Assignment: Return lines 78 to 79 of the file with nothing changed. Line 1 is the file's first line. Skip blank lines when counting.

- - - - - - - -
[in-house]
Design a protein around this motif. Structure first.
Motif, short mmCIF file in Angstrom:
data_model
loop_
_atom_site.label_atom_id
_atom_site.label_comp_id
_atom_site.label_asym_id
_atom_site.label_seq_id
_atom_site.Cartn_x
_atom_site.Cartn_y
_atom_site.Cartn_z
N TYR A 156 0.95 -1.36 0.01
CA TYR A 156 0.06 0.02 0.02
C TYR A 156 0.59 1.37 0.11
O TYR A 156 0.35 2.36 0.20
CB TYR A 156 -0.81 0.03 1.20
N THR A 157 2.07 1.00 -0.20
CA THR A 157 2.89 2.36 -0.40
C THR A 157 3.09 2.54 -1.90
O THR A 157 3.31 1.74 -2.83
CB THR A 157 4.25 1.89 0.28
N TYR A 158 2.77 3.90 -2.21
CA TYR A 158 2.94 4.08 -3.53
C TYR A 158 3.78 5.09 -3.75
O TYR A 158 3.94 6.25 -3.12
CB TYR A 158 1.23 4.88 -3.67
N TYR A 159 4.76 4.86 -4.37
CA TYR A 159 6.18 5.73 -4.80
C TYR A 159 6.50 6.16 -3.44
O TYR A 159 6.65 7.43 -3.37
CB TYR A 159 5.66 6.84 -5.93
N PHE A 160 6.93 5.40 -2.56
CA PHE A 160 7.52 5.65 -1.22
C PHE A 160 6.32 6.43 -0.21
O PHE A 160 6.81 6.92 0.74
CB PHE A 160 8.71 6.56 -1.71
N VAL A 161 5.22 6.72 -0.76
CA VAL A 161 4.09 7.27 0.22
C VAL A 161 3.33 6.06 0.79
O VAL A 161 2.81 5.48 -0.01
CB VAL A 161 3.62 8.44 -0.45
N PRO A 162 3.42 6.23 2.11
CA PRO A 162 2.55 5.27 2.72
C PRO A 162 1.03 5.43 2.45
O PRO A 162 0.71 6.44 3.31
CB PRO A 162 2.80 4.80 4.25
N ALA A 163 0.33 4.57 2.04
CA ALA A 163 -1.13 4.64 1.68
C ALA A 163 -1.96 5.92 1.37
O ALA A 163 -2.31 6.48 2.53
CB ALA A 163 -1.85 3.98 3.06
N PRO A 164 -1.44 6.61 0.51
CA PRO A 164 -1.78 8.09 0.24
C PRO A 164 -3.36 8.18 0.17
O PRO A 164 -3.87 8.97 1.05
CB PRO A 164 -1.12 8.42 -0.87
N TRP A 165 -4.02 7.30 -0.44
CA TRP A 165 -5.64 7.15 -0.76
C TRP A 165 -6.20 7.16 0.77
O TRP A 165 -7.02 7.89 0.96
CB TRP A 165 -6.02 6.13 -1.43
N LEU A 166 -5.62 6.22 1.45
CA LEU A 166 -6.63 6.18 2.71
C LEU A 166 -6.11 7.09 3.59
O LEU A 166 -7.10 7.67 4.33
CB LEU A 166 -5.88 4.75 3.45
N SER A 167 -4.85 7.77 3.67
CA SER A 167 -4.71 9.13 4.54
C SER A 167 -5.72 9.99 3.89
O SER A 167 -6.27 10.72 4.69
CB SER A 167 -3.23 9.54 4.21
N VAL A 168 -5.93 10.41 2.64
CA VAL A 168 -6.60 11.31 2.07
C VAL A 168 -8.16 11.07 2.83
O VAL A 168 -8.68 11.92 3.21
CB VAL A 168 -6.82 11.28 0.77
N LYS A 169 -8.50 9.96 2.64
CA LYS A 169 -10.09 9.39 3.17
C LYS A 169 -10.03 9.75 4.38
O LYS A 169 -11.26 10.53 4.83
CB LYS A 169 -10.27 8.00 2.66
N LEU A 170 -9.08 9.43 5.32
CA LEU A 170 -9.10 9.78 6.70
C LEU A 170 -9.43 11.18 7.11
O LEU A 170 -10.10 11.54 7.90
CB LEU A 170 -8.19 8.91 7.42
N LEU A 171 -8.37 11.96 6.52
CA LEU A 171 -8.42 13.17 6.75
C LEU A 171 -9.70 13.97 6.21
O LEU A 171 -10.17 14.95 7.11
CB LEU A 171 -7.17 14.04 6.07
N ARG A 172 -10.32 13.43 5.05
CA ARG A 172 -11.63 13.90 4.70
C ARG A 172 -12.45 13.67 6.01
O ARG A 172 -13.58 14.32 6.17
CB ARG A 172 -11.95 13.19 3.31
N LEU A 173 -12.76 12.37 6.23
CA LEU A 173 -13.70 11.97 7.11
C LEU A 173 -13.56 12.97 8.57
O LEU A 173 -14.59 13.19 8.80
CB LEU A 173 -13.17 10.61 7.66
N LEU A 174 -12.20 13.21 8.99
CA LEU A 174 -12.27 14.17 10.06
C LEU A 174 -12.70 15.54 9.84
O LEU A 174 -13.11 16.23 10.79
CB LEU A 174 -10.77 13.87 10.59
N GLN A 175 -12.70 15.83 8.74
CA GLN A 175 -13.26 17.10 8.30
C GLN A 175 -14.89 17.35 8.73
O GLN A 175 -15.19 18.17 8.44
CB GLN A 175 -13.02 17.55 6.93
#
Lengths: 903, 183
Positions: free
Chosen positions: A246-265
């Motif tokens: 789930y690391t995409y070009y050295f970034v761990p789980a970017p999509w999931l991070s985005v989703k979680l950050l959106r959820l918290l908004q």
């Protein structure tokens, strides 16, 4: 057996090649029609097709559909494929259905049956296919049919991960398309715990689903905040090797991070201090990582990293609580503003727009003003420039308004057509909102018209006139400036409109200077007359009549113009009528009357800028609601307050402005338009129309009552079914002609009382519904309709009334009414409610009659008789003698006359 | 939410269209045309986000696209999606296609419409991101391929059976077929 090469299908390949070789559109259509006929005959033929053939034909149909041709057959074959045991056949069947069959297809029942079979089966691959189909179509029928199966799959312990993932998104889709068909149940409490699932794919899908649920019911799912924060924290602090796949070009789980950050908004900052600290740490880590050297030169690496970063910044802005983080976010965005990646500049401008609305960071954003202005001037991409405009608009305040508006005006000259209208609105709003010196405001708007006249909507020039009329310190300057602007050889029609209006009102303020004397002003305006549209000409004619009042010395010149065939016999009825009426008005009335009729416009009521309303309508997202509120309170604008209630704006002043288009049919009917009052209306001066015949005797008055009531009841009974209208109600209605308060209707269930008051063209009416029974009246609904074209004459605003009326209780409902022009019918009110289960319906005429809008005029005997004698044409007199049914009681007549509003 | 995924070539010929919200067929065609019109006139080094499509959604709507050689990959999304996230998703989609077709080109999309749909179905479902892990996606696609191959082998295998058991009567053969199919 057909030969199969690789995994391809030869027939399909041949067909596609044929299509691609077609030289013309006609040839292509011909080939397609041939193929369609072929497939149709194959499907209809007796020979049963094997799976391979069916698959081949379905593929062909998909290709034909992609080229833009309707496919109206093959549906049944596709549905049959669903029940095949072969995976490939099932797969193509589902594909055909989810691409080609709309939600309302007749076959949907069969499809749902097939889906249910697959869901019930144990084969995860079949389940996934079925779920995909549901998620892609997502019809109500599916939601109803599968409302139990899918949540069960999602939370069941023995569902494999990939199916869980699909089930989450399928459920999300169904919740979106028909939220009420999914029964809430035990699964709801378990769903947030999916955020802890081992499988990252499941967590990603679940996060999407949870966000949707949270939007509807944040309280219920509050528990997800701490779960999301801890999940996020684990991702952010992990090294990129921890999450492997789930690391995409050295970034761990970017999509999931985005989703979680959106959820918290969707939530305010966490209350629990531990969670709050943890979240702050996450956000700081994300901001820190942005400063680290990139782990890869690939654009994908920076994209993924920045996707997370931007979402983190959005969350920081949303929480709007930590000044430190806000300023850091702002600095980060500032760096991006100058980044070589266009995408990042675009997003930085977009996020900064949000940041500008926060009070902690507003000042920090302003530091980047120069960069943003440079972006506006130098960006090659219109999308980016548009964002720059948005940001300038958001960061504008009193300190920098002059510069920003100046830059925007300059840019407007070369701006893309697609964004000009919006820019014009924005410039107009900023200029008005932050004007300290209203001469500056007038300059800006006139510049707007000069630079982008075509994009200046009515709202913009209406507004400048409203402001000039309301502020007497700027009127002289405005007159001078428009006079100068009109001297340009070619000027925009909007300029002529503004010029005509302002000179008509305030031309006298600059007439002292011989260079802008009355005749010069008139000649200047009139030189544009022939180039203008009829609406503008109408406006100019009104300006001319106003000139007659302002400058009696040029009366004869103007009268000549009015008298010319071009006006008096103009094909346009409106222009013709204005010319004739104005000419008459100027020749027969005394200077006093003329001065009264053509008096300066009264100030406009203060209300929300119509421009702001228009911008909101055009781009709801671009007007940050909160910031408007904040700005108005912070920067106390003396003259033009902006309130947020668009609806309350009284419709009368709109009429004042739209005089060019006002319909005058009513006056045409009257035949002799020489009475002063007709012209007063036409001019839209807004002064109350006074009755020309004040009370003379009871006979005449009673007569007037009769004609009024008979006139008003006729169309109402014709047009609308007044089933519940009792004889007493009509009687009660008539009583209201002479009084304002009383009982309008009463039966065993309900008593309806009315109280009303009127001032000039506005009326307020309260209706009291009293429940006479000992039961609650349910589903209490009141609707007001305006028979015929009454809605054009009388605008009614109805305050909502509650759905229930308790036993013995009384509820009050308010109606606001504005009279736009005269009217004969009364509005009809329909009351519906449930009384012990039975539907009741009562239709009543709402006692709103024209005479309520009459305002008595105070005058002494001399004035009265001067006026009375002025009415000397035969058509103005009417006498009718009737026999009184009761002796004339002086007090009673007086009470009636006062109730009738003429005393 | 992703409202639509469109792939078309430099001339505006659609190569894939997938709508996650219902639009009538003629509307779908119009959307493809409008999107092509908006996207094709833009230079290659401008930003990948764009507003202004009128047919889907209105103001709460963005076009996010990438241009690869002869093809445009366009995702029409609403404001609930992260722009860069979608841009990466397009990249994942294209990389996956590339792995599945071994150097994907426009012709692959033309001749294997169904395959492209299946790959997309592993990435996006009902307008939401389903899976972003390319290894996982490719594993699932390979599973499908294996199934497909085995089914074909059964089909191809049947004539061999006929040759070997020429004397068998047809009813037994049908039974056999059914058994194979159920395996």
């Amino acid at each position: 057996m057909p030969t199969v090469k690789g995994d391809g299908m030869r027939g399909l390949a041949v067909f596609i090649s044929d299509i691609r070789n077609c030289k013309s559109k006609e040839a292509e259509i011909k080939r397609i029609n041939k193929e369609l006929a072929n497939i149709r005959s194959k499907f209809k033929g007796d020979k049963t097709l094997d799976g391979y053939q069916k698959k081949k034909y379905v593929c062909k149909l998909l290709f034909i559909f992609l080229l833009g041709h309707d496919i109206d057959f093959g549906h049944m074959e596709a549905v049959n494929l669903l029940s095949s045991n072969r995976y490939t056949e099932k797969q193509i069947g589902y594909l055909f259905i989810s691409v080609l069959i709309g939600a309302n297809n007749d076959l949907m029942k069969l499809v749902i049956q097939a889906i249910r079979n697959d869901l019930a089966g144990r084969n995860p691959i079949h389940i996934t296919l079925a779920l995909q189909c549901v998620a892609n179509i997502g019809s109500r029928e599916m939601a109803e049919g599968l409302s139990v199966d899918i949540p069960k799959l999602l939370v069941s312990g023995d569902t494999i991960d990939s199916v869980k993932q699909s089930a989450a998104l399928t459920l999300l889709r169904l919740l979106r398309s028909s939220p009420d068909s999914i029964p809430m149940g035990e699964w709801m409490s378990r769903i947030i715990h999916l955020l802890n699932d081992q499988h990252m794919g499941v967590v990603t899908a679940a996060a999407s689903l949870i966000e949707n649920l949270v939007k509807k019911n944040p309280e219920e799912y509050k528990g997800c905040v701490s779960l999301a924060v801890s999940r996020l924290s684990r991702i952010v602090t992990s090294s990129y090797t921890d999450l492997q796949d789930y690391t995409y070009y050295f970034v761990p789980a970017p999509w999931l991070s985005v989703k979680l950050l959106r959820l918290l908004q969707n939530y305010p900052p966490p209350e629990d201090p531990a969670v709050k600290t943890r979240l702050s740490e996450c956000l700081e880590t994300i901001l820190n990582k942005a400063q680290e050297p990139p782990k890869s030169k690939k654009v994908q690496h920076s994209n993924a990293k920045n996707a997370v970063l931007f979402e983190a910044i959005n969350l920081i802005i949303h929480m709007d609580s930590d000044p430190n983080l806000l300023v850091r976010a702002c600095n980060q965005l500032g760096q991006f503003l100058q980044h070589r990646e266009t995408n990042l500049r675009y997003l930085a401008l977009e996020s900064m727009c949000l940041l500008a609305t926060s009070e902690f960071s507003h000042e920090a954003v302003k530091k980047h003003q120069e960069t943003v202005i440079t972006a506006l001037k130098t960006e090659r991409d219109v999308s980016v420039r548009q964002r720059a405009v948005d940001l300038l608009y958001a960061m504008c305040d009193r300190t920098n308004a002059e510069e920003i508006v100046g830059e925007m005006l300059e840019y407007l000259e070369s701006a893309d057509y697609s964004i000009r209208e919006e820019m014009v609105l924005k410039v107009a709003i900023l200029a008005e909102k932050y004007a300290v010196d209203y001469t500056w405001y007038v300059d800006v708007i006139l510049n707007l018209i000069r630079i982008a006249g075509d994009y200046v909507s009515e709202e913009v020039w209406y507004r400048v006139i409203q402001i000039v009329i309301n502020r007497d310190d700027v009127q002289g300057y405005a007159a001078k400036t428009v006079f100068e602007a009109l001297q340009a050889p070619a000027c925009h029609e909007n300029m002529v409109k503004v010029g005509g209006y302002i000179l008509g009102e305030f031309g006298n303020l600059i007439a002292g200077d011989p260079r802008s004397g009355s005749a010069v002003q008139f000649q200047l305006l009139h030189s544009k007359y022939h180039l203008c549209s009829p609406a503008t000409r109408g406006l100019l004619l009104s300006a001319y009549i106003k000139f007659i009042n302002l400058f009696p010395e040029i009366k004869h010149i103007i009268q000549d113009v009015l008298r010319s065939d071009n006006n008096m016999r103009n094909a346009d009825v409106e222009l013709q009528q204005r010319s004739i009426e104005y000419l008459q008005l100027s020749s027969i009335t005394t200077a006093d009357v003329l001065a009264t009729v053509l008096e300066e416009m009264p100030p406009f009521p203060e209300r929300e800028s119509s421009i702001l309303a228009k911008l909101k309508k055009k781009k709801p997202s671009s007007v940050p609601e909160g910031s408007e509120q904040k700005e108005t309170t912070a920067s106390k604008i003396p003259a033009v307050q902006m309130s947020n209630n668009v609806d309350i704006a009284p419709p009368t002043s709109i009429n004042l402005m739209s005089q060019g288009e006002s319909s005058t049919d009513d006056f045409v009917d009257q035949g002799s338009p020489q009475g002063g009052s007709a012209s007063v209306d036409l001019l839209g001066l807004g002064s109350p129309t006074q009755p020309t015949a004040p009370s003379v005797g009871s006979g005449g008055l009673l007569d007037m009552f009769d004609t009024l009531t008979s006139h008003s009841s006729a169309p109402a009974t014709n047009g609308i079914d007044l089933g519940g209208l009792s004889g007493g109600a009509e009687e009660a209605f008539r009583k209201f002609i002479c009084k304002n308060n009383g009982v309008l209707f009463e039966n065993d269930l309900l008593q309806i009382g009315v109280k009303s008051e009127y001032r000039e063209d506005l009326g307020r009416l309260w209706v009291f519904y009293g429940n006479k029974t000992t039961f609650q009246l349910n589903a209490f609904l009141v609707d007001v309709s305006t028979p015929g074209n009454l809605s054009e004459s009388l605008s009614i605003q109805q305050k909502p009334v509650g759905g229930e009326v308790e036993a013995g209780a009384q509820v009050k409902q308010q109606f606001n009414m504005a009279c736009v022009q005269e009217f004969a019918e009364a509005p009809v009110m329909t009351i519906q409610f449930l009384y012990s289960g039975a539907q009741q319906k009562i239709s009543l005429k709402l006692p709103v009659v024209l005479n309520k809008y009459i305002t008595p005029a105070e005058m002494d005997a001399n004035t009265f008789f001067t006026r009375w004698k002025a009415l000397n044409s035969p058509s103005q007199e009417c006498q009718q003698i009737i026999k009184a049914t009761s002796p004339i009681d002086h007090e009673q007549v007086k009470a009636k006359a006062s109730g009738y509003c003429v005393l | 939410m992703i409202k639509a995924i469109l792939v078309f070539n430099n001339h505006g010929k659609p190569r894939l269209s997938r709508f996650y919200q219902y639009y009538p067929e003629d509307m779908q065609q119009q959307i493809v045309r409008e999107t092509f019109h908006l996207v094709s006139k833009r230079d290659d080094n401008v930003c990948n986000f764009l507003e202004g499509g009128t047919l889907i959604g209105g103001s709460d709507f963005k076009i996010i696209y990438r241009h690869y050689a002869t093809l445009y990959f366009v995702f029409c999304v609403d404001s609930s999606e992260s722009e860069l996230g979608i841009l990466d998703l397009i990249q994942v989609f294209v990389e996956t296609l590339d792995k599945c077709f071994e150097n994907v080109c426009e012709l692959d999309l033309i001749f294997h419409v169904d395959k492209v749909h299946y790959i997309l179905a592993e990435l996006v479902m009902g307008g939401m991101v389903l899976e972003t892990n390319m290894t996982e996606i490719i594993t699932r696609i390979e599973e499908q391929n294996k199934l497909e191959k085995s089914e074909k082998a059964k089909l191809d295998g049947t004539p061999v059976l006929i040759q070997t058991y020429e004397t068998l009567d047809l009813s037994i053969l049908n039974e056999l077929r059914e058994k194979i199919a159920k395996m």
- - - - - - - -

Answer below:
N LYS A 169 -8.50 9.96 2.64
CA LYS A 169 -10.09 9.39 3.17